They are found mostly between Covington Junction and M-95. There are more South of Hwy-41. It has to do with food source. They like the aspen regeneration areas which have been clear cut. They also eat willow that grows along the water slews.There is less snow there too.

By Richard L. Barclay (Notroll) on Tuesday, December 28, 2010 - 08:33 pm:

If you were to distribute the moose evenly across the UP the following numbers would apply.

U. P. Area 16,452 sq mi

People Population 317,258 (2000)
Density 19.3 / sq mi

Moose Population Approx. 500
Density Approx. 1 moose per 33 sq mi

It'd be very hard to find them and for them to find each other. If they all came together for a family reunion in Marquette county at 3425 sq. mi. there would still be a moose every 7 sq. miles approximately. They might be a little closer what with lakes and highways and homes etc. but lets say 5 square miles just for fun. Then try to figure the odds of one hunter arriving at a point where one moose (who isn't particularly fond of hunters in general and would rather be pitching woo to the Lady Mooose) is visible for long enough to shoot on say a week long season and that is a looong shot. The state could make a bit of money on this, especially if they let the winner of a drawing sell their license to someone who really wanted to hunt for say half the sale price! I say go for it, I won't be one to buy a chance at it unless the chance is transferable.

By E. Neil Harri (Ilmayksi) on Tuesday, December 28, 2010 - 10:01 pm:

If they were transferable, they would bring a lot more than half the price. Some states auction a Governors hunt for special speices.
I rememeber the first sheep hunt in the Black Hills that went for something around $50,000. The first Michigan moose hunt could bring more.
Of course, that would take away the chance of anyone who isn't wealthy of getting a tag.

By Frederic W. Koski (Fred) on Tuesday, December 28, 2010 - 10:17 pm:


By Marsha, Genesee/Aura (Marsha) on Tuesday, December 28, 2010 - 10:47 pm:

Obviously we all love it when Neil posts moose or wolf pictures and we get to learn from the comments! I'll never forget when I saw a bull moose up close and personal on Abbaye a couple years ago!

By Mike B. Wishin I was back in the Yoop (Mikeb) on Wednesday, December 29, 2010 - 08:40 am:

I'm sorry I missed this yesterday. Incredible photo, Mr Harri.

Spirited debate about the (possible) Moose hunting in MI, as it should be. Myself, I think it is still a ways off. I believe they may have passed the legislation just as a measure to remove future hurdles when they (DNRE) feel it is safe to move ahead with it. And as Neil pointed out, it is a very good opportunity for the state to make money, with little chance that any Moose would actually be harvested.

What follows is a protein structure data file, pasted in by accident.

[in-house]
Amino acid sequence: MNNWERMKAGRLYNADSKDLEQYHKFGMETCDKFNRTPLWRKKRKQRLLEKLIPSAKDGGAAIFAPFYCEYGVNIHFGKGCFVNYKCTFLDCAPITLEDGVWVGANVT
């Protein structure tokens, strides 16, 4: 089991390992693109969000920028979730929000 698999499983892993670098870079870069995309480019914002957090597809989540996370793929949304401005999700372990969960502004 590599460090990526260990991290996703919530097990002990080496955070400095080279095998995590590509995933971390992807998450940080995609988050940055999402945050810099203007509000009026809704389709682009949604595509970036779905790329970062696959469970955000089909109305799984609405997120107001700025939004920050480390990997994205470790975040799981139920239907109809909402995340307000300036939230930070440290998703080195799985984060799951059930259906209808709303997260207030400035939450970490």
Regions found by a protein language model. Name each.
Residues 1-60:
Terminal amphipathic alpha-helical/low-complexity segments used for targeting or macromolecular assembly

As much as some folks may disagree with some decisions that the DNRE make, you must trust that they have the best interest of the species in mind.

I think many people, when they hear 'Moose Hunt', associate the Moose hunt with the yearly whitetail deer hunt. Such an association would understandably elicit an unfavorable response from the majority. Believe me, they are not going to open the hunt to anybody that can buy a license or carry a gun. Bottom line, they've simply worked too hard to get the population to its current state to allow it to be decimated.

If you have any questions about how this Moose hunting could possibly be handled, check out this page for the Pennsylvania Elk Hunt -

Now, the PA Elk program has been going for a few years, and this is just an example of how it may be handled, but this will give you some idea of the restrictions that are put in place to protect the species.

By Richard L. Barclay (Notroll) on Wednesday, December 29, 2010 - 09:06 am:

What I meant by "The state could make a bit of money on this, especially if they let the winner of a drawing sell their license to someone who really wanted to hunt for say half the sale price!" was that if you could buy a chance at the license for say $50.00, win at the drawing and then resell your license to someone with BIG BUCK$ (for let's say your $50,000) with the state taking a share as "transfer" costs there'd be a good chance of the state and some lucky folks making a dime or two first from increased sales of chances and then from transfers.

By Taana Kalliainen (Taanarae) on Wednesday, December 29, 2010 - 01:58 pm:

Very cool picture!! The only time I've seen a moose is when our 6th grade class (a LONG time ago!) went to the 'Moose Lift' way back when. We got to watch them bring in a moose with a helicopter. If I remember right it headed towards the crowd and people had scatter. :D

By Iron Range Dave (Blackhawk) on Thursday, December 30, 2010 - 01:55 pm:

If memory serves me correctly they hunt moose in Minnesota. It is very limited though. You can only get a permit for your group of four once every seven years. Don't quote me on that but I think that is what they do. They are not as easy to get as you might think. I have close up pictures of one once when we spent two weeks in the BWCA. He spent two days just across the bay from our campsite. Once heard one crashing thru the woods on a hike up Oberg Mtn on the north shore as well. Quite an impression on a 13 year old, never saw it, just heard it and saw the tracks later in the day on our walk back down.